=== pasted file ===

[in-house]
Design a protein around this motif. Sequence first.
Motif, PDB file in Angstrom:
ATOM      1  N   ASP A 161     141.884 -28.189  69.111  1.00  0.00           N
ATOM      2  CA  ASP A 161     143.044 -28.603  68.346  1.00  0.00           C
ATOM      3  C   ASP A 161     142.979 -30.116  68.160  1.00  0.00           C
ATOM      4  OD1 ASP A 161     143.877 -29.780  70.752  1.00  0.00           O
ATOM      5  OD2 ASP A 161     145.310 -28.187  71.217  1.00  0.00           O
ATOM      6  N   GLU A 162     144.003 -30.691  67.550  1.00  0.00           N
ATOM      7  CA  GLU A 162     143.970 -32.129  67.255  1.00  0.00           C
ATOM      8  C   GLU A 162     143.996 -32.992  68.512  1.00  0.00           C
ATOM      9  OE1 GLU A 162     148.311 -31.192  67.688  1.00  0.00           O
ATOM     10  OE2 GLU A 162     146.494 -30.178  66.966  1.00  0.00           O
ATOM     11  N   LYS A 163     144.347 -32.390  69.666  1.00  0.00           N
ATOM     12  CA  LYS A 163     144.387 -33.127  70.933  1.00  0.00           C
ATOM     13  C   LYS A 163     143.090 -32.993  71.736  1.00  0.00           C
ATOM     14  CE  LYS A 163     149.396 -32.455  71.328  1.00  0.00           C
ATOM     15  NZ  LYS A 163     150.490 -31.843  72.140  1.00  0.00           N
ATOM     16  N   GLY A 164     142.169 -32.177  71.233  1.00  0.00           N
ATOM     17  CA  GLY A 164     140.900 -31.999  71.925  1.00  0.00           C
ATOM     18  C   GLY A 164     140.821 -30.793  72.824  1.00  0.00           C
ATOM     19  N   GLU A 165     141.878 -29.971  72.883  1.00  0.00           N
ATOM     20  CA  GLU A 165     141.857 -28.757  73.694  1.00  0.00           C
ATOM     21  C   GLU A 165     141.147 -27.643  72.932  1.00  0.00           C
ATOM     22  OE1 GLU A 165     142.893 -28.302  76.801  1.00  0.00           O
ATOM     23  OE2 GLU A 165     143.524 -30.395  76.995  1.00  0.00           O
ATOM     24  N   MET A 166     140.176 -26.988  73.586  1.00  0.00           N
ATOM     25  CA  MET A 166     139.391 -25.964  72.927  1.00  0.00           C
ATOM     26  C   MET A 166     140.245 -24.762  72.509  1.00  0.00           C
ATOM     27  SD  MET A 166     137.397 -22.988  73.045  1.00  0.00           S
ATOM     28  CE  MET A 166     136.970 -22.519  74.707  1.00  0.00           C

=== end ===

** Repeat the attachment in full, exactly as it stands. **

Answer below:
[in-house]
Design a protein around this motif. Sequence first.
Motif, PDB file in Angstrom:
ATOM      1  N   ASP A 161     141.884 -28.189  69.111  1.00  0.00           N
ATOM      2  CA  ASP A 161     143.044 -28.603  68.346  1.00  0.00           C
ATOM      3  C   ASP A 161     142.979 -30.116  68.160  1.00  0.00           C
ATOM      4  OD1 ASP A 161     143.877 -29.780  70.752  1.00  0.00           O
ATOM      5  OD2 ASP A 161     145.310 -28.187  71.217  1.00  0.00           O
ATOM      6  N   GLU A 162     144.003 -30.691  67.550  1.00  0.00           N
ATOM      7  CA  GLU A 162     143.970 -32.129  67.255  1.00  0.00           C
ATOM      8  C   GLU A 162     143.996 -32.992  68.512  1.00  0.00           C
ATOM      9  OE1 GLU A 162     148.311 -31.192  67.688  1.00  0.00           O
ATOM     10  OE2 GLU A 162     146.494 -30.178  66.966  1.00  0.00           O
ATOM     11  N   LYS A 163     144.347 -32.390  69.666  1.00  0.00           N
ATOM     12  CA  LYS A 163     144.387 -33.127  70.933  1.00  0.00           C
ATOM     13  C   LYS A 163     143.090 -32.993  71.736  1.00  0.00           C
ATOM     14  CE  LYS A 163     149.396 -32.455  71.328  1.00  0.00           C
ATOM     15  NZ  LYS A 163     150.490 -31.843  72.140  1.00  0.00           N
ATOM     16  N   GLY A 164     142.169 -32.177  71.233  1.00  0.00           N
ATOM     17  CA  GLY A 164     140.900 -31.999  71.925  1.00  0.00           C
ATOM     18  C   GLY A 164     140.821 -30.793  72.824  1.00  0.00           C
ATOM     19  N   GLU A 165     141.878 -29.971  72.883  1.00  0.00           N
ATOM     20  CA  GLU A 165     141.857 -28.757  73.694  1.00  0.00           C
ATOM     21  C   GLU A 165     141.147 -27.643  72.932  1.00  0.00           C
ATOM     22  OE1 GLU A 165     142.893 -28.302  76.801  1.00  0.00           O
ATOM     23  OE2 GLU A 165     143.524 -30.395  76.995  1.00  0.00           O
ATOM     24  N   MET A 166     140.176 -26.988  73.586  1.00  0.00           N
ATOM     25  CA  MET A 166     139.391 -25.964  72.927  1.00  0.00           C
ATOM     26  C   MET A 166     140.245 -24.762  72.509  1.00  0.00           C
ATOM     27  SD  MET A 166     137.397 -22.988  73.045  1.00  0.00           S
ATOM     28  CE  MET A 166     136.970 -22.519  74.707  1.00  0.00           C